The twelve were originally fifteen and included three players currently playing in Australia/New Zealand – Ona Batlle, Alexia Putellas and Aitana Bonmati, who have seemingly decided that the glory of potentially winning a World Cup is more important to them than standing up in solidarity with their team-mates, which is a separate discussion.
Those who have stood firm against the pressure brought to bear by footballing institutions in Spain have been accused by the Spanish federation RFEF of not having the necessary will to represent their country, labelled saboteurs or traitors by some, and threatened with being blacklisted from representing their country. They have been cast as villains and unreasonable in the language and attitude of both Vilda and the head of RFEF (and chief Vilda supporter) Luis Rubiales.
The missing players are suffering, being vilified by their own country, and denied the opportunity to achieve every footballer’s dream of representing their country, simply for standing up and refusing to be treated badly by male authority figures in power.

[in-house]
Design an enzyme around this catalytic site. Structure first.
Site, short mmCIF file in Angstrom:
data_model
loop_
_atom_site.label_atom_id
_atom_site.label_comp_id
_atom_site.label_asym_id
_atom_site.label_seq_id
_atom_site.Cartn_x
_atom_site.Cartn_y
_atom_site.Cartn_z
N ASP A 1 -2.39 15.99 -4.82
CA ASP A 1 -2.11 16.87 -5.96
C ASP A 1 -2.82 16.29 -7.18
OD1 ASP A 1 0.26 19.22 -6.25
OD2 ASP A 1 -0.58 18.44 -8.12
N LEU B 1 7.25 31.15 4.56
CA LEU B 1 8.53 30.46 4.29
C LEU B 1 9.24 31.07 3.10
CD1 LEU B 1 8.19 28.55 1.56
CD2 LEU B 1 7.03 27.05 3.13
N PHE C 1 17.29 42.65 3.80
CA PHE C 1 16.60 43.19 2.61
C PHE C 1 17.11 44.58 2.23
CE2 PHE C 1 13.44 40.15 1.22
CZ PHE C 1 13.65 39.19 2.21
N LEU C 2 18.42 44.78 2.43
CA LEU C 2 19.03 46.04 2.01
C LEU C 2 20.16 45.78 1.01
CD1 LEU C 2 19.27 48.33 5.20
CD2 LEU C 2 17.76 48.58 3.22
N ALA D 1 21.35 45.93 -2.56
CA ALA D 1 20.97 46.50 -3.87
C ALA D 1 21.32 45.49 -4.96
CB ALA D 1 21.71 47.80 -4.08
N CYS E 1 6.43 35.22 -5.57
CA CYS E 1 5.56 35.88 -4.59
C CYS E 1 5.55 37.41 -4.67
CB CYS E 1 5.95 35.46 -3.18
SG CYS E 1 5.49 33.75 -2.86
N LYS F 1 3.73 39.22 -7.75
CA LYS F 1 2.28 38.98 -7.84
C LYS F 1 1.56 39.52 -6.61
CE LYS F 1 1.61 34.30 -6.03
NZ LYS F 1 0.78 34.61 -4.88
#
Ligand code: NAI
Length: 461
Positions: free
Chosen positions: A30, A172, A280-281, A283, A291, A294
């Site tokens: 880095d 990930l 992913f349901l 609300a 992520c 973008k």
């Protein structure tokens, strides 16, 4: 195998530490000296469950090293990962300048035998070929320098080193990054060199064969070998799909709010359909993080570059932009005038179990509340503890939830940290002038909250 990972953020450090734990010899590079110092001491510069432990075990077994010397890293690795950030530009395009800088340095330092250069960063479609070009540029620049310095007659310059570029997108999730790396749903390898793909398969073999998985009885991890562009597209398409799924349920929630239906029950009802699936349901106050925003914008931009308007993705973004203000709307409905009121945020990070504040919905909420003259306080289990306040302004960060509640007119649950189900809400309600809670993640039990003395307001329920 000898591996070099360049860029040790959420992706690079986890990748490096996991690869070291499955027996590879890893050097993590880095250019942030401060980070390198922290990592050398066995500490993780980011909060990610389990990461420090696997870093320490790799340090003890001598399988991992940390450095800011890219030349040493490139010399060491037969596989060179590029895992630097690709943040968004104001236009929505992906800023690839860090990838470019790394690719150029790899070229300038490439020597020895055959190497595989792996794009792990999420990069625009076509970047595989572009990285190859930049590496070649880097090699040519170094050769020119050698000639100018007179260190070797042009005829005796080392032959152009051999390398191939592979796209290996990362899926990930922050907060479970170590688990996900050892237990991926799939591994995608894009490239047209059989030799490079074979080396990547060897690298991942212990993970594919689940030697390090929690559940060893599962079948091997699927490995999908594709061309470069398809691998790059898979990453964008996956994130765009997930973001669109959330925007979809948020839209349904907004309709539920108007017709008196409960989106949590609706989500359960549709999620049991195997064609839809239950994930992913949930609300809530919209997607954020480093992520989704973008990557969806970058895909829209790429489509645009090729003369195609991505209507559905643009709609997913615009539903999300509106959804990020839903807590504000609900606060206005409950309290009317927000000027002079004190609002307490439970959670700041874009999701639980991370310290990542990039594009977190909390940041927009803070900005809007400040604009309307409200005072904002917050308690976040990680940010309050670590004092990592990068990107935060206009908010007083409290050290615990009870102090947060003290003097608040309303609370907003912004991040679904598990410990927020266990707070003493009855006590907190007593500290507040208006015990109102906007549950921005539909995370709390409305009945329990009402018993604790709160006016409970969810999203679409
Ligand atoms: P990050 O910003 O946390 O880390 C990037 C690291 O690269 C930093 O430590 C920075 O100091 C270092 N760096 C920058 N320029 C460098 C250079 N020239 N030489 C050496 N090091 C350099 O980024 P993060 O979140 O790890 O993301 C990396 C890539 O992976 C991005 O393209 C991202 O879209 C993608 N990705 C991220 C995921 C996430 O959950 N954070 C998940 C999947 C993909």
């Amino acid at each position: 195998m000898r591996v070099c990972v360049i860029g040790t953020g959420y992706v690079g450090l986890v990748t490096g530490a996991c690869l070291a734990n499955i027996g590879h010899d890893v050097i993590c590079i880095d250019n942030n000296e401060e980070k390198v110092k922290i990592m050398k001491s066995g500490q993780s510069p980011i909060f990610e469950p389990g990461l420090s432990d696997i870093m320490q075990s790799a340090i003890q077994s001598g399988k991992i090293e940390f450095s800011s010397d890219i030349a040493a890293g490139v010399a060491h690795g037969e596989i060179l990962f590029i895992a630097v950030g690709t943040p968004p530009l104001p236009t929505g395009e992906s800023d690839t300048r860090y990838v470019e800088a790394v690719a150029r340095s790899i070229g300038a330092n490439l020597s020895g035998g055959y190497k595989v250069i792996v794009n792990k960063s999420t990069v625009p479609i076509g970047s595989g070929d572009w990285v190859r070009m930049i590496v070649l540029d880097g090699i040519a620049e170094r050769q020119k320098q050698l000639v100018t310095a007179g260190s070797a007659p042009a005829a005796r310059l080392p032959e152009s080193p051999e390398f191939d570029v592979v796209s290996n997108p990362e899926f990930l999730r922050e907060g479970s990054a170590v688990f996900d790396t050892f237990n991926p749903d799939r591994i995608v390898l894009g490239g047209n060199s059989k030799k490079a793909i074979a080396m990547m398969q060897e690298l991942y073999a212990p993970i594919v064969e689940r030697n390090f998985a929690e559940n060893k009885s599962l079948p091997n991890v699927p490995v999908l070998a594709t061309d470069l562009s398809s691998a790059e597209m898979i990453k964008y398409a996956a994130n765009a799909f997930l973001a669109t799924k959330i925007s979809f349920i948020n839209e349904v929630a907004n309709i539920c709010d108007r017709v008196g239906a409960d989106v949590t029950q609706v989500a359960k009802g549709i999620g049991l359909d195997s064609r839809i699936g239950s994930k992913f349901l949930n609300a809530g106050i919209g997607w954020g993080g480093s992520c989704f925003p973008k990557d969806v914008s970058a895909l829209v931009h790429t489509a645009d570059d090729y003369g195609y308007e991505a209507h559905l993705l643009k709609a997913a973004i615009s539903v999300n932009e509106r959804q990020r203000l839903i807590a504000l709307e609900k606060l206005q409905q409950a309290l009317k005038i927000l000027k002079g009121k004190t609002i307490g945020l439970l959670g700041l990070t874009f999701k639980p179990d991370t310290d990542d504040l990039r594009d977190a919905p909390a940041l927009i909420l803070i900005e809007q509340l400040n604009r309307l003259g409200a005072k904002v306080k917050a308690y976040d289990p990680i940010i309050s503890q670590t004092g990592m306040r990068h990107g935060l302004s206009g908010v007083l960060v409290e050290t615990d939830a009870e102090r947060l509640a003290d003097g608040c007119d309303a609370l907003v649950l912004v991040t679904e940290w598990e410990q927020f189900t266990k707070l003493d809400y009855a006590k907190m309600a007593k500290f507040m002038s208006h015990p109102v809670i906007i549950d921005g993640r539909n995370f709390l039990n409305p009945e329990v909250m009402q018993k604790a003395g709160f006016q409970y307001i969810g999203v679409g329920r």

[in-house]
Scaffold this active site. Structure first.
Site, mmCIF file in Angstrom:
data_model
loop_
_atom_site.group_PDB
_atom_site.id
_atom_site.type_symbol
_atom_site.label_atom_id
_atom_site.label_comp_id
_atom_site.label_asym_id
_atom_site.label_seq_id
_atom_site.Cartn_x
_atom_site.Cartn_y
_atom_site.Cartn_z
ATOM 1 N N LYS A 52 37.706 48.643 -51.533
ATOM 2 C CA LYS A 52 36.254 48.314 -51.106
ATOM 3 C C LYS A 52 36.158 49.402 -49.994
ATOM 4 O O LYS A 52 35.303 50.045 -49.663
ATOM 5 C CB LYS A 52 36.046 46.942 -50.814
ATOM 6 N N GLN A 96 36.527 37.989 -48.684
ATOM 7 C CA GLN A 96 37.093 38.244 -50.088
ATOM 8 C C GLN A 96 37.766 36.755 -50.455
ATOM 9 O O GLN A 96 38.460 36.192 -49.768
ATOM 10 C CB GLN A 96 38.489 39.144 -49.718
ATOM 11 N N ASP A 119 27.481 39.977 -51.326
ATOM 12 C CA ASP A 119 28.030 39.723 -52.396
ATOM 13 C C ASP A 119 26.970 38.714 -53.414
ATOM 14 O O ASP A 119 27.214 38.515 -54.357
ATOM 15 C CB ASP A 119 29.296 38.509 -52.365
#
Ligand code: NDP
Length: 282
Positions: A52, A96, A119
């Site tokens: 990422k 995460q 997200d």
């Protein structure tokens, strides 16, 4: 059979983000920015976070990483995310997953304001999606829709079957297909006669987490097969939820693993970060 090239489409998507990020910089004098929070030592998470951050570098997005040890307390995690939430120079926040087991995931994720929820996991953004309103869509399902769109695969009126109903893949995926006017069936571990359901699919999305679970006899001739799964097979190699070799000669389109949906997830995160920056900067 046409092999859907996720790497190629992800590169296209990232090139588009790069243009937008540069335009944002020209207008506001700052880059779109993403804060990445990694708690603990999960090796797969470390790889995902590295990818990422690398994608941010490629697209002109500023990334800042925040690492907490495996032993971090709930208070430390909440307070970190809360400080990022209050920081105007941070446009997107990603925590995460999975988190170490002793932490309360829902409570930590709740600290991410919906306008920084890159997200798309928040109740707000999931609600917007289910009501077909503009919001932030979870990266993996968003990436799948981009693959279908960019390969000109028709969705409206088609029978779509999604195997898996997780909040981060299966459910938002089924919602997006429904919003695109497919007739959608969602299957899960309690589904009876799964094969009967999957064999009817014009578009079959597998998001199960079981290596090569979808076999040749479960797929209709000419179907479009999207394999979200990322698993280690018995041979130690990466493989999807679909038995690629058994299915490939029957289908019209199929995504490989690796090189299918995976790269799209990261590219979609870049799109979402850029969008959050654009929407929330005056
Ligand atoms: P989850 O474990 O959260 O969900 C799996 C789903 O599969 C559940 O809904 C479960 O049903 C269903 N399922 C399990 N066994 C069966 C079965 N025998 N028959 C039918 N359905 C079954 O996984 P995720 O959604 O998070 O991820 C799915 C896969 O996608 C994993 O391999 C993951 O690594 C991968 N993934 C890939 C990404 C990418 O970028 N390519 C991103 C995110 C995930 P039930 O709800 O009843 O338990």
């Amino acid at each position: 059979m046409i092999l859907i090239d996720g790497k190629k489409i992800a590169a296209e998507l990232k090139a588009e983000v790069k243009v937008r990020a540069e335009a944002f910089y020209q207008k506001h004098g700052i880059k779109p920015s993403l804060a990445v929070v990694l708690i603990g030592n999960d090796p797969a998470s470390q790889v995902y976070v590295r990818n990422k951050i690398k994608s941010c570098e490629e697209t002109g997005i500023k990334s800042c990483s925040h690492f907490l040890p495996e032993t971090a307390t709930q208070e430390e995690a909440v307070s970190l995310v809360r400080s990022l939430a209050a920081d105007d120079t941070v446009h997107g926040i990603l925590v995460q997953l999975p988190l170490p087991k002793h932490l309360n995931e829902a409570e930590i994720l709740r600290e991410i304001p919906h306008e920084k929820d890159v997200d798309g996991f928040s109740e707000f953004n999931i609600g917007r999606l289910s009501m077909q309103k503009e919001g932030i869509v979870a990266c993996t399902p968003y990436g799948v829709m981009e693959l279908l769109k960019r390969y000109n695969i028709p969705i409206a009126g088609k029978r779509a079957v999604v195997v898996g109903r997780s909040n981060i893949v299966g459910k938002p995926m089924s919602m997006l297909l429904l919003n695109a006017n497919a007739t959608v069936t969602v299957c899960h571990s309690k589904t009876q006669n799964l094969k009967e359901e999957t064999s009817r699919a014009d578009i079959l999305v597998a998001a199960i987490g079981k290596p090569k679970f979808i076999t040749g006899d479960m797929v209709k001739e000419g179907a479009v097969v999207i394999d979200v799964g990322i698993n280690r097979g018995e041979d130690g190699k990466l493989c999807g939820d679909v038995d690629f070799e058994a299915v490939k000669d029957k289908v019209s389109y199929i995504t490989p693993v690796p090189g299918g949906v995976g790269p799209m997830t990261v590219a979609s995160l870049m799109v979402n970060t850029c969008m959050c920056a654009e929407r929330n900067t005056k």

Make no mistake here – whilst this situation is not the same as, say, the NWSL scandals, the Zambia scandals or several others (there is no suggestion that Vilda has physically abused players under his care) it is still a textbook situation of abusive behaviour in the women’s game. Players say that under Vilda they were denied basic rights on international duty like the right of privacy in their own rooms (doors were left unlocked under the orders of Vilda and his staff to always be able to monitor the players, for example) – players concerns over injuries, tactics and the attitude of staff were routinely ignored, and Vilda ruled and continues to rule his team like a dictator, passing blame onto players for every failure and taking credit for every success.